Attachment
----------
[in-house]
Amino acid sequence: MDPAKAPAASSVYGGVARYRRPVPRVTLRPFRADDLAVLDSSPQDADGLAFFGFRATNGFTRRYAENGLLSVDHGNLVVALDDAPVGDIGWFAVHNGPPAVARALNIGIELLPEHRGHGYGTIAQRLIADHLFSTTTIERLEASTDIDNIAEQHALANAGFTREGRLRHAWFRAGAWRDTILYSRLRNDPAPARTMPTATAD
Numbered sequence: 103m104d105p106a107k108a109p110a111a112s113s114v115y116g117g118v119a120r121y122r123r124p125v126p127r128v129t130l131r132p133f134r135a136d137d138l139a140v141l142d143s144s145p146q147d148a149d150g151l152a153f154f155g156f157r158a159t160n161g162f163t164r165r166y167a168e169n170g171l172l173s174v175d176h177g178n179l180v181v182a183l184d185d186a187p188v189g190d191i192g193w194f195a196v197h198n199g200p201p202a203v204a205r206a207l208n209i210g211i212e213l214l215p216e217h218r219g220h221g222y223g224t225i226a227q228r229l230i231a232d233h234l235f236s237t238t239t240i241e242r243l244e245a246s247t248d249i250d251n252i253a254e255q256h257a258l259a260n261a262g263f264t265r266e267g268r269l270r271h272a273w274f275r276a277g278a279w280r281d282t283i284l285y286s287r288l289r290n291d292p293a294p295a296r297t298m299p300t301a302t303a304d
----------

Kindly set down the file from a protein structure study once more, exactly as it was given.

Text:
[in-house]
Amino acid sequence: MDPAKAPAASSVYGGVARYRRPVPRVTLRPFRADDLAVLDSSPQDADGLAFFGFRATNGFTRRYAENGLLSVDHGNLVVALDDAPVGDIGWFAVHNGPPAVARALNIGIELLPEHRGHGYGTIAQRLIADHLFSTTTIERLEASTDIDNIAEQHALANAGFTREGRLRHAWFRAGAWRDTILYSRLRNDPAPARTMPTATAD
Numbered sequence: 103m104d105p106a107k108a109p110a111a112s113s114v115y116g117g118v119a120r121y122r123r124p125v126p127r128v129t130l131r132p133f134r135a136d137d138l139a140v141l142d143s144s145p146q147d148a149d150g151l152a153f154f155g156f157r158a159t160n161g162f163t164r165r166y167a168e169n170g171l172l173s174v175d176h177g178n179l180v181v182a183l184d185d186a187p188v189g190d191i192g193w194f195a196v197h198n199g200p201p202a203v204a205r206a207l208n209i210g211i212e213l214l215p216e217h218r219g220h221g222y223g224t225i226a227q228r229l230i231a232d233h234l235f236s237t238t239t240i241e242r243l244e245a246s247t248d249i250d251n252i253a254e255q256h257a258l259a260n261a262g263f264t265r266e267g268r269l270r271h272a273w274f275r276a277g278a279w280r281d282t283i284l285y286s287r288l289r290n291d292p293a294p295a296r297t298m299p300t301a302t303a304d